.  This Tamil Language inscription was found in China.   It was found about 500 miles north of Canton, in a place called Chuan Chou

Galle inscription (modern replica), top half shows tamil writing and chinese.

Galle Trilingual Inscription - Wikipedia, the free encyclopedia
Galle inscription (modern replica), top half.


 Galle Trilingual Inscription - Wikipedia, the free encyclopedia
Galle inscription (modern replica), bottom half.

Accounts of medieval travellers about chinese trade with india 1347

The characteristics of the Chinese ships of the period are described by Western travelers to the East, such as Ibn Battuta and Marco Polo. According to Ibn Battuta, who visited China in 1347:
File:-HK CityHall Seaview 51217 5.png
We stopped in the port of Calicut, in which there were at the time thirteen Chinese vessels, and disembarked. China Sea traveling is done in Chinese ships only, so we shall describe their arrangements. The Chinese vessels are of three kinds; large ships called chunks (junks),

middle sized ones called zaws (dhows)

and the small ones kakams.

The large ships have anything from twelve down to three sails, which are made of bamboo rods plaited into mats. They are never lowered, but turned according to the direction of the wind; at anchor they are left floating in the wind. Three smaller ones, the "half", the "third" and the "quarter", accompany each large vessel. These vessels are built in the towns of Zaytun and Sin-Kalan. The vessel has four decks and contains rooms, cabins, and saloons for merchants; a cabin has chambers and a lavatory, and can be locked by its occupants. This is the manner after which they are made; two (parallel) walls of very thick wooden (planking) are raised and across the space between them are placed very thick planks (the bulkheads) secured longitudinally and transversely by means of large nails, each three ellsin length. When these walls have thus been built the lower deck is fitted in and the ship is launched before the upper works are finished." (Ibn Battuta)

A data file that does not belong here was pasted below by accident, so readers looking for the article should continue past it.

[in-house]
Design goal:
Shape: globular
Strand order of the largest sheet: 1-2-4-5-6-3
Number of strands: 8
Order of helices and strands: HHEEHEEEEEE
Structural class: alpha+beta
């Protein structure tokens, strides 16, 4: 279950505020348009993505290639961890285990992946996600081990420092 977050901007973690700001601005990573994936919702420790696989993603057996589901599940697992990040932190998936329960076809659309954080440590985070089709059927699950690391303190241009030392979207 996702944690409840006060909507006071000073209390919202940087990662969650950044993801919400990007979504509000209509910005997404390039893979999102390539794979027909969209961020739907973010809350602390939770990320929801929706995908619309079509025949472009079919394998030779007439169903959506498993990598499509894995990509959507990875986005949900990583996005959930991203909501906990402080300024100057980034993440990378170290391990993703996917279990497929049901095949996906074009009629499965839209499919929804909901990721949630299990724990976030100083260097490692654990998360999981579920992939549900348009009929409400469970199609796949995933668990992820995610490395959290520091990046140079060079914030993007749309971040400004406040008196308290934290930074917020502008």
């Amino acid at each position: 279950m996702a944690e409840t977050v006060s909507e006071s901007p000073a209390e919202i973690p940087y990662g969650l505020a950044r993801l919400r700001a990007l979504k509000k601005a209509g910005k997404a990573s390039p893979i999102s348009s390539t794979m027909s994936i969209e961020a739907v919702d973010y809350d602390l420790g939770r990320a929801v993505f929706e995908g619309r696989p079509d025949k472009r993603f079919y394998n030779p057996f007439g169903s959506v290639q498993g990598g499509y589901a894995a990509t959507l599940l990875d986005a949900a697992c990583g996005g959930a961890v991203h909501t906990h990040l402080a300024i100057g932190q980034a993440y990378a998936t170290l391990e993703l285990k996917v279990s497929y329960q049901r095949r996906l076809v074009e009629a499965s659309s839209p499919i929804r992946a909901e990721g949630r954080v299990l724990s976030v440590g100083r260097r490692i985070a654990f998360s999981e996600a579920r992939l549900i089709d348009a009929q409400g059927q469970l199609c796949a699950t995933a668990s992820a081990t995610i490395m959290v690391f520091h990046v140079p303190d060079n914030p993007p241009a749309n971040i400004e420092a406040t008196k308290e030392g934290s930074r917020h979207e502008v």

The first mentions of Chinese traders comes from Ceylon which was also a focal point of Arabic Red sea traders. Early mentions of far eastern sailors can also be found in ‘Cosmas Indicopleustes’ which was written around the 6th century and mentions goods from China. It is also known that Canton had Arab & Indian colonies at the port as early as 200AD. Trade existed between India and China as early as 2nd century AD, over Northern Pegu (Burma) but this was mainly overland. Maritime trade with Chinese ships started in the early decades of the 7th century first via Siam (Thailand). Nevertheless there are allusions to extensive trade which Coriander mariners conducted between the shores of Malabar, Coromandel ports,Ceylon, Indonesia and even Indo-China even before that. Documentation though is very difficult to come by.